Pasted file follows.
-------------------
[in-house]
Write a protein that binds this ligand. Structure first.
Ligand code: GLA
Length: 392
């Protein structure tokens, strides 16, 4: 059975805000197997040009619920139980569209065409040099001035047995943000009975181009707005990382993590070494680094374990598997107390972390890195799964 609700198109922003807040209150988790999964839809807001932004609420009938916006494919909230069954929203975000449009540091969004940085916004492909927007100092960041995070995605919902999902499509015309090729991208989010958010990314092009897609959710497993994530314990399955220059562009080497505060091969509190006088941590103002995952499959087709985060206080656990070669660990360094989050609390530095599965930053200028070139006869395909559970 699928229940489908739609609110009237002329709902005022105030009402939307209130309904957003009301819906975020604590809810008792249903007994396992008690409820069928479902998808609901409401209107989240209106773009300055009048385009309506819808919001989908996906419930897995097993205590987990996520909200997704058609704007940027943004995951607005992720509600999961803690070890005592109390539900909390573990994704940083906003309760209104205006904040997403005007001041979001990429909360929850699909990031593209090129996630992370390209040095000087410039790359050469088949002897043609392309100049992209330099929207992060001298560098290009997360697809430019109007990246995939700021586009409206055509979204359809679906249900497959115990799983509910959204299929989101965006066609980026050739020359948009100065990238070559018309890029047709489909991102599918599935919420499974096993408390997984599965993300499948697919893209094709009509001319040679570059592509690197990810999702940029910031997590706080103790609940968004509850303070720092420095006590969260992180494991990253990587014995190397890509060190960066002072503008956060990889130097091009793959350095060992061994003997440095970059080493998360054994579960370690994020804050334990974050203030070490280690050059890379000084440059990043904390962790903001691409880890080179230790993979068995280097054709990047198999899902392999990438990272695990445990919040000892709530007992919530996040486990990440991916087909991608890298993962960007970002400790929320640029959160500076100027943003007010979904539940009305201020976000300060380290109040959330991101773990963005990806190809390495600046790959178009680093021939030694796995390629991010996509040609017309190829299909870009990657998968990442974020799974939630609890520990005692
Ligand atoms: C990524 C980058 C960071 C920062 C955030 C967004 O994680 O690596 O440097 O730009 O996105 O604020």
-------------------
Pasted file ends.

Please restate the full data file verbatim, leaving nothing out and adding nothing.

[in-house]
Write a protein that binds this ligand. Structure first.
Ligand code: GLA
Length: 392
């Protein structure tokens, strides 16, 4: 059975805000197997040009619920139980569209065409040099001035047995943000009975181009707005990382993590070494680094374990598997107390972390890195799964 609700198109922003807040209150988790999964839809807001932004609420009938916006494919909230069954929203975000449009540091969004940085916004492909927007100092960041995070995605919902999902499509015309090729991208989010958010990314092009897609959710497993994530314990399955220059562009080497505060091969509190006088941590103002995952499959087709985060206080656990070669660990360094989050609390530095599965930053200028070139006869395909559970 699928229940489908739609609110009237002329709902005022105030009402939307209130309904957003009301819906975020604590809810008792249903007994396992008690409820069928479902998808609901409401209107989240209106773009300055009048385009309506819808919001989908996906419930897995097993205590987990996520909200997704058609704007940027943004995951607005992720509600999961803690070890005592109390539900909390573990994704940083906003309760209104205006904040997403005007001041979001990429909360929850699909990031593209090129996630992370390209040095000087410039790359050469088949002897043609392309100049992209330099929207992060001298560098290009997360697809430019109007990246995939700021586009409206055509979204359809679906249900497959115990799983509910959204299929989101965006066609980026050739020359948009100065990238070559018309890029047709489909991102599918599935919420499974096993408390997984599965993300499948697919893209094709009509001319040679570059592509690197990810999702940029910031997590706080103790609940968004509850303070720092420095006590969260992180494991990253990587014995190397890509060190960066002072503008956060990889130097091009793959350095060992061994003997440095970059080493998360054994579960370690994020804050334990974050203030070490280690050059890379000084440059990043904390962790903001691409880890080179230790993979068995280097054709990047198999899902392999990438990272695990445990919040000892709530007992919530996040486990990440991916087909991608890298993962960007970002400790929320640029959160500076100027943003007010979904539940009305201020976000300060380290109040959330991101773990963005990806190809390495600046790959178009680093021939030694796995390629991010996509040609017309190829299909870009990657998968990442974020799974939630609890520990005692
Ligand atoms: C990524 C980058 C960071 C920062 C955030 C967004 O994680 O690596 O440097 O730009 O996105 O604020």